While waiting for the boat to arrive, I converted the operation away from its “landscape/tripod” configuration over to the “handheld/low light” one. I’ve described this in the past, it’s mainly swapping out certain lenses for other ones and safely tying off the tripod onto my knapsack.

The boat arrived, I flashed the ticket on my phone to the deckhand, and soon I was snugly ensconced on the NYC Ferry heading north.

– photo by Mitch Waxman

If you haven’t ridden the ferry at night… well, I don’t care, you should get out more and watch less television.

The real world is so much more interesting than fiction, if you ask me.

– photo by Mitch Waxman

Last stop before Long Island City’s “LIC Landing” stop is 34th street in Manhattan, where you get to see the shot above.

What is it with all the people who move into the newly constructed condos along the East River who don’t seem to have drapes, curtains, or Venetian blinds? Conspicuously consume much, you oligarchic fucks?

– photo by Mitch Waxman

Speaking of no drapes, I wonder if they don’t have carpets either (drum shot, please). As you might be able to discern right now, I’m just dripping with sarcasm and hatred at the moment. Something about edging towards a Civil War in a country that’s as armed to the teeth as we are just sets me off.

More tomorrow.


“follow” me on Twitter- @newtownpentacle

Buy a book!

In the Shadows at Newtown Creek,” an 88 page softcover 8.5×11 magazine format photo book by Mitch Waxman, is now on sale at blurb.com for $30.

slight blurring

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Wednesday

– photo by Mitch Waxman

A humble narrator didn’t have anything scheduled for the 23rd of February, and since one of my favorite things to do solo revolves around riding the NYC Ferry to some distant point, that’s what I did.

I boarded the Astoria line boat, headed over to Manhattan’s 34th street ferry dock hub, and transferred onto the Soundview line. Soundview heads over to the East River coastline of the Bronx, and the service had recently opened a new stop there – Ferry Point Park.

– photo by Mitch Waxman

After a stop at Manhattan’s East 90th street, NYC Ferry navigates through the Hells Gate section which adjoins Astoria Park. You get some pretty great views along the way. Saying that, they really open up the engines when heading north, so hold on to something. One hand for you, one for the boat.

The “normal” service on the East River is pretty smooth, and conducted at relatively low speeds. On the Rockaway, St. George, and Soundview routes, however, the boat is moving very fast and that means it’s bouncing around and smashing into waves.

– photo by Mitch Waxman

A tug and fuel barge combo was navigating south west as we left 90th street. Believe it or not, there are “lanes” in the water which ship captains have to follow. Navigational depth, underwater obstructions and hazards, wake sensitive shorelines and construction areas, even environmental factors go into the designation of these “lanes” by the United States Army Corps of Engineers and the United States Coast Guard. Also, boat people call these lanes “channels,” ok?

When leaving HQ, I had geared up fully and was carrying my entire traveling kit with me. since I wasn’t going to be trekking miles and miles on foot, I figured “why not”?

– photo by Mitch Waxman

The fuel barge was empty. You can tell that by how high it’s sitting in the water, and there’s a line of corrosion midway up on its outer hull that gives an idea of where it sits relative to the waterline when full.

That fuel barge carries the equivalent cargo of 38 heavy trucks, incidentally. We are about 10-20 years from seeing self driving barges, ones that are electrical motor driven, navigating the nation’s waterways. In NY Harbor, you’ll nevertheless likely see a tug accompanying the things for a decade or two after the new technology appears and gets deployed into the wild. That will have more to do with safety and homeland security than operational concern.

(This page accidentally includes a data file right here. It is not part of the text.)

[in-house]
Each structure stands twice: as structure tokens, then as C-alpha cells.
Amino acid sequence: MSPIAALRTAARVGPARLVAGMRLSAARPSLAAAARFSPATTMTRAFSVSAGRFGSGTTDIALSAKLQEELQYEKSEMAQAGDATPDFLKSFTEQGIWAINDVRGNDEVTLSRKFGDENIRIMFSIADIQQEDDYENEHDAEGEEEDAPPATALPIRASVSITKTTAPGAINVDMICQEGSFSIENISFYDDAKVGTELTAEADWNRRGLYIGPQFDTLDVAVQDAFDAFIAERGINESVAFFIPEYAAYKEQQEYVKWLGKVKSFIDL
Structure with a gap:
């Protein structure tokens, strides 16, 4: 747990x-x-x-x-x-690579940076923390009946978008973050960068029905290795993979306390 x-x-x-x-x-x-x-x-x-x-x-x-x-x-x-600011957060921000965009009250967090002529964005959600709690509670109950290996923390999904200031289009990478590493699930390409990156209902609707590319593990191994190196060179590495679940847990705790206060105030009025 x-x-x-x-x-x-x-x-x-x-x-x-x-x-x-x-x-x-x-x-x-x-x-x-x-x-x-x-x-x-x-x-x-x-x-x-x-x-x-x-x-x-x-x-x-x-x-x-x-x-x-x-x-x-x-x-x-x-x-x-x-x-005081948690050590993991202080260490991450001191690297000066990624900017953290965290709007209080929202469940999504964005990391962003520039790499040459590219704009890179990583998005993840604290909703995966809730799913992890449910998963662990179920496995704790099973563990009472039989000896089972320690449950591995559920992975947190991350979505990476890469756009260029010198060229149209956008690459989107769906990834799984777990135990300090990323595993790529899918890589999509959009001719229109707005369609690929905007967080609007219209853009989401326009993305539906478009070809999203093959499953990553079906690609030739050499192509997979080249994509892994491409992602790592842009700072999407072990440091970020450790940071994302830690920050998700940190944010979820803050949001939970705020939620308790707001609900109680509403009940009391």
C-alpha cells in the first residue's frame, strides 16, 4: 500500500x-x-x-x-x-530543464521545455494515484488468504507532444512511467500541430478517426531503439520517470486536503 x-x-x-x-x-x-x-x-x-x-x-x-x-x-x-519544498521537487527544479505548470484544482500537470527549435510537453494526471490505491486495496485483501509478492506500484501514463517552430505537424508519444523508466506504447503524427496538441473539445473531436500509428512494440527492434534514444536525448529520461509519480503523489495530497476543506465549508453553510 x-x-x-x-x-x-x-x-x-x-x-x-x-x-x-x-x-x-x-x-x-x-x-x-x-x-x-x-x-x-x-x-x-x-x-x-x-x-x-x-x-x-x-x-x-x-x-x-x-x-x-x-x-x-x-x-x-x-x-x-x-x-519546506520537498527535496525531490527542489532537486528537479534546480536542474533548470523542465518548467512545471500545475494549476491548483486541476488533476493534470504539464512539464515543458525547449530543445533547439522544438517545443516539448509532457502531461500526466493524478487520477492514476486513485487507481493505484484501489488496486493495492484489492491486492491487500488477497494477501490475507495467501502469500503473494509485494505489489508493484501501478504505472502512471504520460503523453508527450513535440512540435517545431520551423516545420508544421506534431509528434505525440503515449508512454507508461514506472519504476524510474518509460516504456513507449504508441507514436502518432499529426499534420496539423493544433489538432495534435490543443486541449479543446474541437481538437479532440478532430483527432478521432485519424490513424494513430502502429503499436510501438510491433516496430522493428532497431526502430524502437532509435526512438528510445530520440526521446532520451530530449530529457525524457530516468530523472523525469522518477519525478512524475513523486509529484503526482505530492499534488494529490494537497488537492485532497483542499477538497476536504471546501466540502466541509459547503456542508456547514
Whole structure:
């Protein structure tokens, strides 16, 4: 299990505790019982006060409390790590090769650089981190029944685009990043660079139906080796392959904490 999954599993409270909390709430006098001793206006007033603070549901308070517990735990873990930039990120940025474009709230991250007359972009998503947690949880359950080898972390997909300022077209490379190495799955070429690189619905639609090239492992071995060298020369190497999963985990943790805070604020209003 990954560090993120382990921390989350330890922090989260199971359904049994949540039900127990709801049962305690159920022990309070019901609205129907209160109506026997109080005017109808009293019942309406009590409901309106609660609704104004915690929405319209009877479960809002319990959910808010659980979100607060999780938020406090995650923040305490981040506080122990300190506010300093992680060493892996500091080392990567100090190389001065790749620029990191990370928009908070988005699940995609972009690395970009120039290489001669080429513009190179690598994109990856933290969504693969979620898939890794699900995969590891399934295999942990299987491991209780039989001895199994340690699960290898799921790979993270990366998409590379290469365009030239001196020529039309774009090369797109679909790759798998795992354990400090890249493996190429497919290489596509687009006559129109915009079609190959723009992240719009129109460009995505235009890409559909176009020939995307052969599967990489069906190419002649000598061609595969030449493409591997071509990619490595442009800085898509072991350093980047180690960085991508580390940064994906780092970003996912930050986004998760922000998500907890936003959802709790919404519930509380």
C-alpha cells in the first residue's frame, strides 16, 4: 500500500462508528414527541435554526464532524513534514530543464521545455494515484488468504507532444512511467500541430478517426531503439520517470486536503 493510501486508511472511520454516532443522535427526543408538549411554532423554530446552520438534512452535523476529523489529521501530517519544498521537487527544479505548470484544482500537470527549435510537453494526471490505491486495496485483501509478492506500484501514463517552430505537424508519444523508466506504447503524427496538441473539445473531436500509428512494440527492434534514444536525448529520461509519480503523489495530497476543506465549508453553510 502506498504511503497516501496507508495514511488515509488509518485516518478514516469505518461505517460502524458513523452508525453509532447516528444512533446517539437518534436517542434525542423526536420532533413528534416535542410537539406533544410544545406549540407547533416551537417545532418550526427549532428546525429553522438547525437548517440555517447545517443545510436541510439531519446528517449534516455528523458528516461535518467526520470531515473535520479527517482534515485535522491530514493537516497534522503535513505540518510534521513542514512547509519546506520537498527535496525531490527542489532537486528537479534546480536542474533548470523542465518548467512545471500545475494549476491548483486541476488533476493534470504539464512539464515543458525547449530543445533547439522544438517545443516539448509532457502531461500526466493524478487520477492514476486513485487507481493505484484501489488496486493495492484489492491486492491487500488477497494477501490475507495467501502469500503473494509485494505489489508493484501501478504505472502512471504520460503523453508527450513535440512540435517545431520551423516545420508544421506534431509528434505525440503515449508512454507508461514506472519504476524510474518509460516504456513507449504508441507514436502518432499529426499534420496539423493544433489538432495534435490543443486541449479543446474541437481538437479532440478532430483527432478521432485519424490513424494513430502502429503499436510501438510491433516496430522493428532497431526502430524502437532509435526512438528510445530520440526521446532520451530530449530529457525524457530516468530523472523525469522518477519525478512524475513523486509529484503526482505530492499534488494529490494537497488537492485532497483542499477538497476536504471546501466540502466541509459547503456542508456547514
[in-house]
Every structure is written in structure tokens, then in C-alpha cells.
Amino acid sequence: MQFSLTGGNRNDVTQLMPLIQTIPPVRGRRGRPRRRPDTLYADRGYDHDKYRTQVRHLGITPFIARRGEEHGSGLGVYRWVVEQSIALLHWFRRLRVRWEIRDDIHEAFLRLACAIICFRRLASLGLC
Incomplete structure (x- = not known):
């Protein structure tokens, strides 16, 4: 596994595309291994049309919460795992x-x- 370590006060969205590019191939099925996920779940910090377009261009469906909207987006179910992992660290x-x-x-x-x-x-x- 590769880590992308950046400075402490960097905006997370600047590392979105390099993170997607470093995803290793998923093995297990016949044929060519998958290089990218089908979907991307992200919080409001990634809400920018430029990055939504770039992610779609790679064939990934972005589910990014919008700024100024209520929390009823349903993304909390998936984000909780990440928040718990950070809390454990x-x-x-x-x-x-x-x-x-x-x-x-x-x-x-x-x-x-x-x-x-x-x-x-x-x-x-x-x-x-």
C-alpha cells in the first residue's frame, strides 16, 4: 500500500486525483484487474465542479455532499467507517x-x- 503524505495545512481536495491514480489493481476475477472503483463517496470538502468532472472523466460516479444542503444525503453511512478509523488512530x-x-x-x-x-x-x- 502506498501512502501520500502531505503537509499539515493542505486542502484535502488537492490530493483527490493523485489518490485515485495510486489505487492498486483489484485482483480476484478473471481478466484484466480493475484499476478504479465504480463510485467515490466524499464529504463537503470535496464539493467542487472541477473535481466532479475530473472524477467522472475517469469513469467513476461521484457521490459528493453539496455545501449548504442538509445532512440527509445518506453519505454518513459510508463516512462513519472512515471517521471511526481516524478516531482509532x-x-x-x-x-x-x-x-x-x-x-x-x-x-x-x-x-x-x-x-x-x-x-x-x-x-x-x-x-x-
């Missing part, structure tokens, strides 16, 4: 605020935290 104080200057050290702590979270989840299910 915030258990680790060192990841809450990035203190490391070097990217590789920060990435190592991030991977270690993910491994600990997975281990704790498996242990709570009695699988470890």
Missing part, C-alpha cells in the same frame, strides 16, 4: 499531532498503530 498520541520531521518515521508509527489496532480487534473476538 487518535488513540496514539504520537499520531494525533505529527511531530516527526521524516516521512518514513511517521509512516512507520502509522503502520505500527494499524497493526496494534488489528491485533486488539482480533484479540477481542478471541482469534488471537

– photo by Mitch Waxman

Moving up through Hells Gate, you first pass under Mighty Triborough’s East River Suspension Bridge. Triborough is a complex of bridges and highway on and off ramps, and one of the most complicated bits of engineering ever accomplished.

The East River span connects the Grand Central Parkway and Astoria/LIC’s local traffic to the bridge complex centered at Randall’s/Ward’s Island.

– photo by Mitch Waxman

Next up is the Hell Gate Bridge, which carries railroad traffic off of Long Island and into the Bronx. From the Bronx, rail heads north and then west onto the continent from the archipelago of New York City. If you want to see what it looks like from up there, check out this post from last fall describing an Amtrak trip to Vermont’s Burlington.

More tomorrow.


The Newtown Creekathon returns!

On April 10th, the all day death march around Newtown Creek awakens from its pandemic slumber.

DOOM! DOOM! Fully narrated by Mitch Waxman and Will Elkins of Newtown Creek Alliance, this one starts in LIC at the East River, heads through Blissville, the happy place of Industrial Maspeth, dips a toe in Ridgewood and then plunges desperately into Brooklyn. East Williamsburgh and then Greenpoint are visited and a desperate trek to the East River in Brooklyn commences. DOOM! Click here for more information and to reserve a spot – but seriously – what’s wrong with you that you’re actually considering doing this? DOOM!


“follow” me on Twitter- @newtownpentacle


Buy a book!


The Newtown Creekathon returns!

On April 10th, the all day death march around Newtown Creek awakens from its pandemic slumber.

DOOM! DOOM! Fully narrated by Mitch Waxman and Will Elkins of Newtown Creek Alliance, this one starts in LIC at the East River, heads through Blissville, the happy place of Industrial Maspeth, dips a toe in Ridgewood and then plunges desperately into Brooklyn. East Williamsburgh and then Greenpoint are visited and a desperate trek to the East River in Brooklyn commences. DOOM! Click here for more information and to reserve a spot – but seriously – what’s wrong with you that you’re actually considering doing this? DOOM!


“follow” me on Twitter- @newtownpentacle

Buy a book!

In the Shadows at Newtown Creek,” an 88 page softcover 8.5×11 magazine format photo book by Mitch Waxman, is now on sale at blurb.com for $30.

Written by Mitch Waxman

April 6, 2022 at 11:00 am